Racial Equity

Miami Confronts its Dark History of Policing

June 12, 2020  • Aspen Ideas Now

In our final episode of Leading on the Frontlines, Miami Mayor Francis Suarez reacts to the killing of George Floyd in Minneapolis and how he’s managing the subsequent wave of protests in his city. How has confronting its dark past made the city and its police department more equipped to address the demonstrations? What mistakes have they made and what tactics are being used to try to maintain a sense of calm? Confronted with tough decisions this year, the Mayor shares how contracting COVID himself early on prepared him to address the pandemic. From a video journal he created while quarantined and separated from his family, to his decision to cancel major music festivals that would have been economic drivers, how did he cope as a father and Mayor? Suarez is currently enrolled in the Aspen Institute’s Rodel Fellowship in Public Leadership. He is a registered Republican, though the City of Miami mayoral seat is nonpartisan.

Francis X. Suarez is the 33rd Mayor of the City of Miami. As the first Miami-born mayor, he is committed to working diligently to serve the residents of the community where he was born and raised. Prior to being elected with 86 percent support from Miami residents, Mayor Suarez served as Miami Commissioner for District 4 during eight years. Mayor Suarez had many legislative accomplishments as Commissioner, including implementing ShotSpotter technology in the City, a state-of-the-art gunshot detection system, setting up a transportation trust fund, which allocates funds for current and future transit projects, and passing the Reverse Redline legislation, authorizing lawsuits against several major banks for discriminatory mortgage lending practices. Mayor Suarez also serves as Chair of the Environment Committee, as well as on the Advisory Board of the U.S. Conference of Mayors.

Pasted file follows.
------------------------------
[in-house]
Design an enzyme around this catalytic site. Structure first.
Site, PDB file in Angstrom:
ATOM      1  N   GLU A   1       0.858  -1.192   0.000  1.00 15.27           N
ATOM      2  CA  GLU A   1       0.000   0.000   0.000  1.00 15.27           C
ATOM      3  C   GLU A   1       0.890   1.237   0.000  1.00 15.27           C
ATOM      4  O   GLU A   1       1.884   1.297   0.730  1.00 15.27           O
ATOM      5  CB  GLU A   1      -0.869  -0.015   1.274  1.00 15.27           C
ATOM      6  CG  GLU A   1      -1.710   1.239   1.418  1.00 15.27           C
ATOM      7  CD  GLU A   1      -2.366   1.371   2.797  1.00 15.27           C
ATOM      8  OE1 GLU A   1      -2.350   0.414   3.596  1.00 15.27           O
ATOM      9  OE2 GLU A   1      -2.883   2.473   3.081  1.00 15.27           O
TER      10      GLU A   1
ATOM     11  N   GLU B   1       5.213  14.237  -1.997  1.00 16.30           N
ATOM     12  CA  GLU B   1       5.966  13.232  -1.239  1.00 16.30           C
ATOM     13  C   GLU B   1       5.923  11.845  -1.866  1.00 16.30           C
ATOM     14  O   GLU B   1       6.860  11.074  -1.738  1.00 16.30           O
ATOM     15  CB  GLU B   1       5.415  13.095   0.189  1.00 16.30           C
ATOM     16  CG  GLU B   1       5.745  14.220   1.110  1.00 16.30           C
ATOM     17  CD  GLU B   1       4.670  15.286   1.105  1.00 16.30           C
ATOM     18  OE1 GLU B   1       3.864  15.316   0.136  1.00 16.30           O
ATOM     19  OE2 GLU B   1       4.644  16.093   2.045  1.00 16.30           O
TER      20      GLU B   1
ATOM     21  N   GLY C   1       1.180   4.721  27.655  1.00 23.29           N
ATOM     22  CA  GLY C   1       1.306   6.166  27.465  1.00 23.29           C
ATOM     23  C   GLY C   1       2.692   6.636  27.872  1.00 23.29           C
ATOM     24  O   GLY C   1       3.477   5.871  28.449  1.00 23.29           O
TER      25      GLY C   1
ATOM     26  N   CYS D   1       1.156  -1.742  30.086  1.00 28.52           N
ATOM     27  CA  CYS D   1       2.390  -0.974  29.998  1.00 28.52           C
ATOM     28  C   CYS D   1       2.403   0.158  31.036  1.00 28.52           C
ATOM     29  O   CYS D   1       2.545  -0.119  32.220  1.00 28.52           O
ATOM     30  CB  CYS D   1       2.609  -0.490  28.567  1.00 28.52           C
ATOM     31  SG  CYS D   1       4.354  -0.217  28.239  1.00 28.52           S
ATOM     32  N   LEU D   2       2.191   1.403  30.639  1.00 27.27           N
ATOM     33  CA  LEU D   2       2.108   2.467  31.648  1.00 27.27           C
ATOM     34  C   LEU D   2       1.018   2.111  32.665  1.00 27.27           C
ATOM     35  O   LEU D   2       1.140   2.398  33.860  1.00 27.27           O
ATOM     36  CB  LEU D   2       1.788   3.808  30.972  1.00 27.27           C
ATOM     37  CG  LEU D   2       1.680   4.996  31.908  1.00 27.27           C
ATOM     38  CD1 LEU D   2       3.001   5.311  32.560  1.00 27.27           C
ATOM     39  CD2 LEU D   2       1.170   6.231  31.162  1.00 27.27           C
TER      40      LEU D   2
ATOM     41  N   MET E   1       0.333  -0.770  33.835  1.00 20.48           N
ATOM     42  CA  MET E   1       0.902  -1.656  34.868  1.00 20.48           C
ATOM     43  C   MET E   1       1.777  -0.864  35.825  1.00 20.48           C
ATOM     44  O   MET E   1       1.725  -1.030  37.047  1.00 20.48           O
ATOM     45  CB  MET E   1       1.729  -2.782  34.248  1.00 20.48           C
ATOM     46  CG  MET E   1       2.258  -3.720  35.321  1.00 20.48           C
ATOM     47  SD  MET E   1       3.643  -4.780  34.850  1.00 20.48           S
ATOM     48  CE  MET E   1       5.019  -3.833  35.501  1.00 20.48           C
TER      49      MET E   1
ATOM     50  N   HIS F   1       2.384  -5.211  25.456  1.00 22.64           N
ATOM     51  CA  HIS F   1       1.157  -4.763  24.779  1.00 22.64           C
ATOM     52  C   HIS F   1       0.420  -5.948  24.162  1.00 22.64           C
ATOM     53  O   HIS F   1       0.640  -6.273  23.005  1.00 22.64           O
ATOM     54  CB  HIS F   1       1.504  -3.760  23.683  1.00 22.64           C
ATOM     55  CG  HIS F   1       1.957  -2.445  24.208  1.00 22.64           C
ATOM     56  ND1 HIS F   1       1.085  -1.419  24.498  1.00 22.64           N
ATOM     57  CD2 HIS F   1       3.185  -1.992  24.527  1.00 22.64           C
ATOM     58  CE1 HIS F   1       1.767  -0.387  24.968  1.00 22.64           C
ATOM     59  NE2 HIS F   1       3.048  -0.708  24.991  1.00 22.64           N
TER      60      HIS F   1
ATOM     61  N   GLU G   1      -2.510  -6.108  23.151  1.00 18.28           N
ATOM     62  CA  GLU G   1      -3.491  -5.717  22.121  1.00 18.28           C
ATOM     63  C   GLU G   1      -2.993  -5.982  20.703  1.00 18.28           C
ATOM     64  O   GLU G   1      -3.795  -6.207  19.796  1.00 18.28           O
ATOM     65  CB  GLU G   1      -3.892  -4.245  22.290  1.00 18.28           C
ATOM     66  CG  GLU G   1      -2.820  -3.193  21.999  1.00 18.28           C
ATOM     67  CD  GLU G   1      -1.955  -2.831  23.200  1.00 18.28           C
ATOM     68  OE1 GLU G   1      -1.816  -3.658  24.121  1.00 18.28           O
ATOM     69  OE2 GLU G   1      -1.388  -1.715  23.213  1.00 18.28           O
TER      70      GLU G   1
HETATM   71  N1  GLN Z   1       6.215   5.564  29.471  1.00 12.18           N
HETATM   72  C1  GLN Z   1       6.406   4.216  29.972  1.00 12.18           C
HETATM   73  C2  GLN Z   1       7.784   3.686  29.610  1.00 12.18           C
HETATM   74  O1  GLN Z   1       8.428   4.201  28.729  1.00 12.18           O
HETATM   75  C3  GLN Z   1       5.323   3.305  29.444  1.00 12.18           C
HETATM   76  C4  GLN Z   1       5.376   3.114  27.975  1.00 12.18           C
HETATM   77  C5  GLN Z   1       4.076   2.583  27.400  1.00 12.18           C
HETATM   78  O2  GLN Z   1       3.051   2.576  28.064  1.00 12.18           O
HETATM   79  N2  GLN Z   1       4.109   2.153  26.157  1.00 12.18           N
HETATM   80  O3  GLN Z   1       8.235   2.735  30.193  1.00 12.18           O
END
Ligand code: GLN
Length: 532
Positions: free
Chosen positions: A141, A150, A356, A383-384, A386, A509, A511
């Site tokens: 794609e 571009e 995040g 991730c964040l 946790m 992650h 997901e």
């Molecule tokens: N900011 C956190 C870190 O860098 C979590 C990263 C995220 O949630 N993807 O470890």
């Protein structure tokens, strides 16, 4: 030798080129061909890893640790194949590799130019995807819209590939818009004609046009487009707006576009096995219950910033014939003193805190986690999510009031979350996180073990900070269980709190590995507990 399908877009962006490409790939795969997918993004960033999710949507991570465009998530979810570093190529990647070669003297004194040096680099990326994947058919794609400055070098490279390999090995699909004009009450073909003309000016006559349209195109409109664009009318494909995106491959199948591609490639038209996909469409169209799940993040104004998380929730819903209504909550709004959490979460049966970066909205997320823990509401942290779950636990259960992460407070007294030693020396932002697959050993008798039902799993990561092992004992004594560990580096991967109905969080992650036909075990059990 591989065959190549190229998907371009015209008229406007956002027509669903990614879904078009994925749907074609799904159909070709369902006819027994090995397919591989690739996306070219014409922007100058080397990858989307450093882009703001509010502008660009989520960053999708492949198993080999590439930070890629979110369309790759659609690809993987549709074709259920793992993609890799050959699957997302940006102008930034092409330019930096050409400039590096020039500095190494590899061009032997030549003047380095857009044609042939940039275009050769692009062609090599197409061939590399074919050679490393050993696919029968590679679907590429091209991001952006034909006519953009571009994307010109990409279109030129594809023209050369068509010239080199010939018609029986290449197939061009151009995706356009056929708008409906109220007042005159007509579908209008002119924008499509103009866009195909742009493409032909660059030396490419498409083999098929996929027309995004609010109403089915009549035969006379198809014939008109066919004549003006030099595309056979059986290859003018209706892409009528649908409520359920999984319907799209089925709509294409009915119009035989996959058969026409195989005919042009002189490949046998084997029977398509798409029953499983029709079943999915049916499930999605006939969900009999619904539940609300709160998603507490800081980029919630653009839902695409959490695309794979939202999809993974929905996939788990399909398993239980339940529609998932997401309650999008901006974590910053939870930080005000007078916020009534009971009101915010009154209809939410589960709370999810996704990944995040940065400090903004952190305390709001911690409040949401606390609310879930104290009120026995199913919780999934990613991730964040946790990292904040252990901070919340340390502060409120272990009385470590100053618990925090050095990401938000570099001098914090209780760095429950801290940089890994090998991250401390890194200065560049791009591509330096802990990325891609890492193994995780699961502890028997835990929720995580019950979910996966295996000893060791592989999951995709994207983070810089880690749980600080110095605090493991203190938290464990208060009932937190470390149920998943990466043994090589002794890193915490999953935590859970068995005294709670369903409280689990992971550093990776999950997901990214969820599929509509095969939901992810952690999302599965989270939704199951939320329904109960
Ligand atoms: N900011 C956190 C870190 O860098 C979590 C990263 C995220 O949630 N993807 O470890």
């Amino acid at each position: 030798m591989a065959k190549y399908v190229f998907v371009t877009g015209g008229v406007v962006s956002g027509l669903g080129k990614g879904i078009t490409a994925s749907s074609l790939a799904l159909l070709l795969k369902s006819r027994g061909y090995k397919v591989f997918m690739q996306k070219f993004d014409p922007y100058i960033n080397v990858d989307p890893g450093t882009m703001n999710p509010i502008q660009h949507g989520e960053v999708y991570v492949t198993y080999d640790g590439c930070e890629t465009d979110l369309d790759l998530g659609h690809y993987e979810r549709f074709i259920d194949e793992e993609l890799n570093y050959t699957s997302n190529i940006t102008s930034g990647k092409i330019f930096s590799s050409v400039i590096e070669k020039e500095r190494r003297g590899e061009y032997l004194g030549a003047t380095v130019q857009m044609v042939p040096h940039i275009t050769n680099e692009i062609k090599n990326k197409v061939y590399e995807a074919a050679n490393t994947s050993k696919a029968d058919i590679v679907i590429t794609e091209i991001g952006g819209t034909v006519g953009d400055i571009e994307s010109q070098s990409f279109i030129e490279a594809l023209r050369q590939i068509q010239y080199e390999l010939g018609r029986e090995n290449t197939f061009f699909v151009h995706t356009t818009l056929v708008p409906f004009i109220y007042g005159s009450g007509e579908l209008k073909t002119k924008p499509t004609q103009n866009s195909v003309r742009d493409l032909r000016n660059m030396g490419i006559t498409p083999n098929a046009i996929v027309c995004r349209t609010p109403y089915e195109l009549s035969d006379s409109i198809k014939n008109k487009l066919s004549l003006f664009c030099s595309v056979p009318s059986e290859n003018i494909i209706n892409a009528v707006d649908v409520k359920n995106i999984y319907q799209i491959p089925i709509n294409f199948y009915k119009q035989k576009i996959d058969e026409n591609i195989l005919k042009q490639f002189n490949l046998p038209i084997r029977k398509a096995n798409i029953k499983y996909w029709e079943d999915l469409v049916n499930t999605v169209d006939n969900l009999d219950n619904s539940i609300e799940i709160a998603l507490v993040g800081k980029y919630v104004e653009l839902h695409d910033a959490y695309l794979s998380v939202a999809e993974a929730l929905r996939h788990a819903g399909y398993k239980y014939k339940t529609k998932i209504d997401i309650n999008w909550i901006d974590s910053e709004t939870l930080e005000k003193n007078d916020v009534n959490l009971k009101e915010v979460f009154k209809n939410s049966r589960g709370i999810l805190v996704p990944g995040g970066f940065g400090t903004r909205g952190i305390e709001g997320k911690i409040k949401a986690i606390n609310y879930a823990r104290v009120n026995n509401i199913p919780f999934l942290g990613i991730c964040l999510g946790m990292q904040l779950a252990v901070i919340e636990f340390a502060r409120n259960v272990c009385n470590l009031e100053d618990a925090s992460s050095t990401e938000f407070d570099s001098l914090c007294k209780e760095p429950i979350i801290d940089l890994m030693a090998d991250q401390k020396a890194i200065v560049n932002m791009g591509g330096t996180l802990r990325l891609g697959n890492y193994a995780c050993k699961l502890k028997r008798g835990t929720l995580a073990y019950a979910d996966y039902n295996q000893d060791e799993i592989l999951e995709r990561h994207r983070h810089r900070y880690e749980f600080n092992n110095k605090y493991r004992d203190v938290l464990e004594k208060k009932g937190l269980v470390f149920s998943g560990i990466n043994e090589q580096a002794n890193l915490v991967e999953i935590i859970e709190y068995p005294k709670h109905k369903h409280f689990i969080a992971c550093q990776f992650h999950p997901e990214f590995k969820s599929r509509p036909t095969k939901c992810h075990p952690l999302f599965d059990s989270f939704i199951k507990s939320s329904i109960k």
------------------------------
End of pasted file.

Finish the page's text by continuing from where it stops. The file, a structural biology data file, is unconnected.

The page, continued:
Suzanne Malveaux is an award-winning journalist who serves as CNN’s national correspondent, covering politics, national news, international events and culture. Previously, she co-anchored CNN’s Around The World and co-anchored the network’s Emmy-winning coverage of the revolution in Egypt and the network’s Peabody Award-winning coverage of the Arab Spring. Suzanne has covered the White House for over 10 years as a White House correspondent and has interviewed all 5 living Presidents, and several First Ladies. She is a 2011 Henry Crown Fellow of the Aspen Institute and a member of the Aspen Global Leadership Network.